A polymer was compounded with a talc, Cimpact 699, either in powder (non-compacted) or pelletized (compacted) form as described in Examples 1 and 2. A compaction additive, sodium arylsulfonate, was either i) compacted with the talc into a compacted mineral filler pellet of the present invention, which was subsequently compounded with a polymer to form a compound (Samples 3 & 5), or; ii) added directly to the polymer with the talc in non-compacted form during the compounding process (Samples 2 & 4). The compaction additive was added at 0.5% or 1.0% by weight. Table 3 shows a comparison of the physical properties of the resulting compounds.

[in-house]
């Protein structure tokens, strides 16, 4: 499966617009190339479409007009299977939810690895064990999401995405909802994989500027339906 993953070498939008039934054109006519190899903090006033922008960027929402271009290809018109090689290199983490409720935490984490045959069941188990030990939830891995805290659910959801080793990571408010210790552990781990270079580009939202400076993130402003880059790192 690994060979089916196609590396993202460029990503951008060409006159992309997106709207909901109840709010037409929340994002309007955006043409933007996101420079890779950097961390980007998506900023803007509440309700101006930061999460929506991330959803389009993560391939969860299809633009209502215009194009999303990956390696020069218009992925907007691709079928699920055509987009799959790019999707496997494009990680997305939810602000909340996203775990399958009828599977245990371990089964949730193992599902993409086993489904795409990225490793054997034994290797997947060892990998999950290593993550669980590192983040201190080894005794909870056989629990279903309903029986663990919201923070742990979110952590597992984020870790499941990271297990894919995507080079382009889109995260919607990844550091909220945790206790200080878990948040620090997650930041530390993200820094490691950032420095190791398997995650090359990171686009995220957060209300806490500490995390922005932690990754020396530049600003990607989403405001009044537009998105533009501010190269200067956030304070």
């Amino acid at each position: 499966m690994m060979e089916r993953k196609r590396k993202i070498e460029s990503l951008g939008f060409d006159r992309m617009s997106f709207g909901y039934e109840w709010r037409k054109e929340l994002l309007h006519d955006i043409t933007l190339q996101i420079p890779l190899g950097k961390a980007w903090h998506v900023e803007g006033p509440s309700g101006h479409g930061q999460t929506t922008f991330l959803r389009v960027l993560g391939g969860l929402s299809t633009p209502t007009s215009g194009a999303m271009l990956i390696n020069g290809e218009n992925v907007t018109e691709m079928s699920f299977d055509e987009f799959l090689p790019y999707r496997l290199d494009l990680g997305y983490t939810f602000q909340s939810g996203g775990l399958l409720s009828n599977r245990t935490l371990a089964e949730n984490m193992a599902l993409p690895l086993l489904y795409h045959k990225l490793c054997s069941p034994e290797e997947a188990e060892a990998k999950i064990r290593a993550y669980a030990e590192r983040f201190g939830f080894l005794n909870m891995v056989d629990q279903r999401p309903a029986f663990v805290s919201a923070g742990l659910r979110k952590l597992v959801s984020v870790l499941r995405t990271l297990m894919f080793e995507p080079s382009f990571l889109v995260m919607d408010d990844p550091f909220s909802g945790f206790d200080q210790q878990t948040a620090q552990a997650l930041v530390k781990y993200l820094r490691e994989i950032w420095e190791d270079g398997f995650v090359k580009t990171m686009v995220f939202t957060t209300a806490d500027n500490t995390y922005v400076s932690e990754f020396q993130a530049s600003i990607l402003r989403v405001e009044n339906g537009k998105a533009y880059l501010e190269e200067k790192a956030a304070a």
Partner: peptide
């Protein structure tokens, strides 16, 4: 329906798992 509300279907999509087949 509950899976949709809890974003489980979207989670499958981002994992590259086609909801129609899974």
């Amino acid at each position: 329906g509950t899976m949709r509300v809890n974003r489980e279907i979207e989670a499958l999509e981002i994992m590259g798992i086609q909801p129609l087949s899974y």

TABLE 3__________________________________________________________________________EVALUATION OF SURFACE TREATED CIMPACT 699                        Tensile   Flex Izod LTHA        %  D1925               Hunter   Stress                             Strain                                  Modulus                                       Impact                                            daysSample    Surface Treatment        Load           YI  L  a  b  peak (psi)                             peak (%)                                  (Kpsi)                                       (ft - lb/in)                                            (160° C.)__________________________________________________________________________1   Cimpact 699 no        30 18.3               60.8                  -0.33                     4.39                        3889 6.5  374.6                                       2.5   4    treatment (non-    compacted)2   Cimpact 699 +        30 15.6               64.2                  -0.81                     3.84                        3895 6.7  365.9                                       2.6  25    0.5% SAS (non-    compacted)3   Cimpact 699 +        30 15.7               65.4                  -0.83                     3.98                        3891 6.4  376.8                                       2.6  24    0.5% SAS    (compacted)4   Cimpact 699 +        30 15.1               64.8                    0.80                     3.69                        3898 6.7  361.5                                       2.7  36    1.0% SAS (non-    compacted)5   Cimpact 699 +        30 15.2               65.4                    0.85                     3.77                        3852 6.7  369.7                                       2.7  34    1.0% SAS    (compacted)__________________________________________________________________________